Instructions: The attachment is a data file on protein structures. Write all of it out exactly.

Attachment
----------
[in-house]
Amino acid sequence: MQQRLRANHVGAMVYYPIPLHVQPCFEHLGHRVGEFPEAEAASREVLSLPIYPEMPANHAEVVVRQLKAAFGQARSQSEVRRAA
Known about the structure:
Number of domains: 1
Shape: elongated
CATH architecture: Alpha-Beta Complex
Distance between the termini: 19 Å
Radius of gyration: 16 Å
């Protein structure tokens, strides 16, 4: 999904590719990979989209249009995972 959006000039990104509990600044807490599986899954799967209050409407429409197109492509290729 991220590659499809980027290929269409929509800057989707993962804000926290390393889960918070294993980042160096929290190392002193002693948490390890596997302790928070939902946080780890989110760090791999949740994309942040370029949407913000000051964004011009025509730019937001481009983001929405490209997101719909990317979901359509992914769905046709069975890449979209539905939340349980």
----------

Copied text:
[in-house]
Amino acid sequence: MQQRLRANHVGAMVYYPIPLHVQPCFEHLGHRVGEFPEAEAASREVLSLPIYPEMPANHAEVVVRQLKAAFGQARSQSEVRRAA
Known about the structure:
Number of domains: 1
Shape: elongated
CATH architecture: Alpha-Beta Complex
Distance between the termini: 19 Å
Radius of gyration: 16 Å
């Protein structure tokens, strides 16, 4: 999904590719990979989209249009995972 959006000039990104509990600044807490599986899954799967209050409407429409197109492509290729 991220590659499809980027290929269409929509800057989707993962804000926290390393889960918070294993980042160096929290190392002193002693948490390890596997302790928070939902946080780890989110760090791999949740994309942040370029949407913000000051964004011009025509730019937001481009983001929405490209997101719909990317979901359509992914769905046709069975890449979209539905939340349980």